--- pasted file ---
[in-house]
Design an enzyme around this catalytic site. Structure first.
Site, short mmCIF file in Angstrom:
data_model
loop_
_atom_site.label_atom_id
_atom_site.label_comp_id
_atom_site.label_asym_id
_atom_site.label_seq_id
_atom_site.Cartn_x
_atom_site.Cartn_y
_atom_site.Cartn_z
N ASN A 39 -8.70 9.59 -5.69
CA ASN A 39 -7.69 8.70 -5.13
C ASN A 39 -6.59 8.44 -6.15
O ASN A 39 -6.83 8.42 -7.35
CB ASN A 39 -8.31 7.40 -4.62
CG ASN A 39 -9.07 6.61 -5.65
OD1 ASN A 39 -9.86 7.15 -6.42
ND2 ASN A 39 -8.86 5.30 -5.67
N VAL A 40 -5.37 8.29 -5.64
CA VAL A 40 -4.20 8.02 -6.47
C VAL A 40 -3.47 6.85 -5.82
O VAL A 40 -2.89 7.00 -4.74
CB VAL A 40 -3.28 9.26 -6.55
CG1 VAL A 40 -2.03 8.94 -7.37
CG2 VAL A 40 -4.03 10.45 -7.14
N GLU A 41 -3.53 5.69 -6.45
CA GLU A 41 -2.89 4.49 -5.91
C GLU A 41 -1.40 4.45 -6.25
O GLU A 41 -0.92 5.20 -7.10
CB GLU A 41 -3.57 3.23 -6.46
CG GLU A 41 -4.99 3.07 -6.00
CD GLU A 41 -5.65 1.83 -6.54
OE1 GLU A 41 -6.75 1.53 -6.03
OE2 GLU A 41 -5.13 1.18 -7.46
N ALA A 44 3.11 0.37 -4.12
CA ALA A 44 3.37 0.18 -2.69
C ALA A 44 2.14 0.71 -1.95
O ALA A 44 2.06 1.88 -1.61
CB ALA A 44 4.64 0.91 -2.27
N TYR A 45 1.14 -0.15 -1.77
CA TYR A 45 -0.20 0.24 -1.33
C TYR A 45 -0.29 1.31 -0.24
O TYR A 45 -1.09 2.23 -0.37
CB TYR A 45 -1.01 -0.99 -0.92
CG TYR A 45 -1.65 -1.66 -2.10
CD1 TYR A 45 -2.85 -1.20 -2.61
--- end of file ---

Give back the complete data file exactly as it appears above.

[in-house]
Design an enzyme around this catalytic site. Structure first.
Site, short mmCIF file in Angstrom:
data_model
loop_
_atom_site.label_atom_id
_atom_site.label_comp_id
_atom_site.label_asym_id
_atom_site.label_seq_id
_atom_site.Cartn_x
_atom_site.Cartn_y
_atom_site.Cartn_z
N ASN A 39 -8.70 9.59 -5.69
CA ASN A 39 -7.69 8.70 -5.13
C ASN A 39 -6.59 8.44 -6.15
O ASN A 39 -6.83 8.42 -7.35
CB ASN A 39 -8.31 7.40 -4.62
CG ASN A 39 -9.07 6.61 -5.65
OD1 ASN A 39 -9.86 7.15 -6.42
ND2 ASN A 39 -8.86 5.30 -5.67
N VAL A 40 -5.37 8.29 -5.64
CA VAL A 40 -4.20 8.02 -6.47
C VAL A 40 -3.47 6.85 -5.82
O VAL A 40 -2.89 7.00 -4.74
CB VAL A 40 -3.28 9.26 -6.55
CG1 VAL A 40 -2.03 8.94 -7.37
CG2 VAL A 40 -4.03 10.45 -7.14
N GLU A 41 -3.53 5.69 -6.45
CA GLU A 41 -2.89 4.49 -5.91
C GLU A 41 -1.40 4.45 -6.25
O GLU A 41 -0.92 5.20 -7.10
CB GLU A 41 -3.57 3.23 -6.46
CG GLU A 41 -4.99 3.07 -6.00
CD GLU A 41 -5.65 1.83 -6.54
OE1 GLU A 41 -6.75 1.53 -6.03
OE2 GLU A 41 -5.13 1.18 -7.46
N ALA A 44 3.11 0.37 -4.12
CA ALA A 44 3.37 0.18 -2.69
C ALA A 44 2.14 0.71 -1.95
O ALA A 44 2.06 1.88 -1.61
CB ALA A 44 4.64 0.91 -2.27
N TYR A 45 1.14 -0.15 -1.77
CA TYR A 45 -0.20 0.24 -1.33
C TYR A 45 -0.29 1.31 -0.24
O TYR A 45 -1.09 2.23 -0.37
CB TYR A 45 -1.01 -0.99 -0.92
CG TYR A 45 -1.65 -1.66 -2.10
CD1 TYR A 45 -2.85 -1.20 -2.61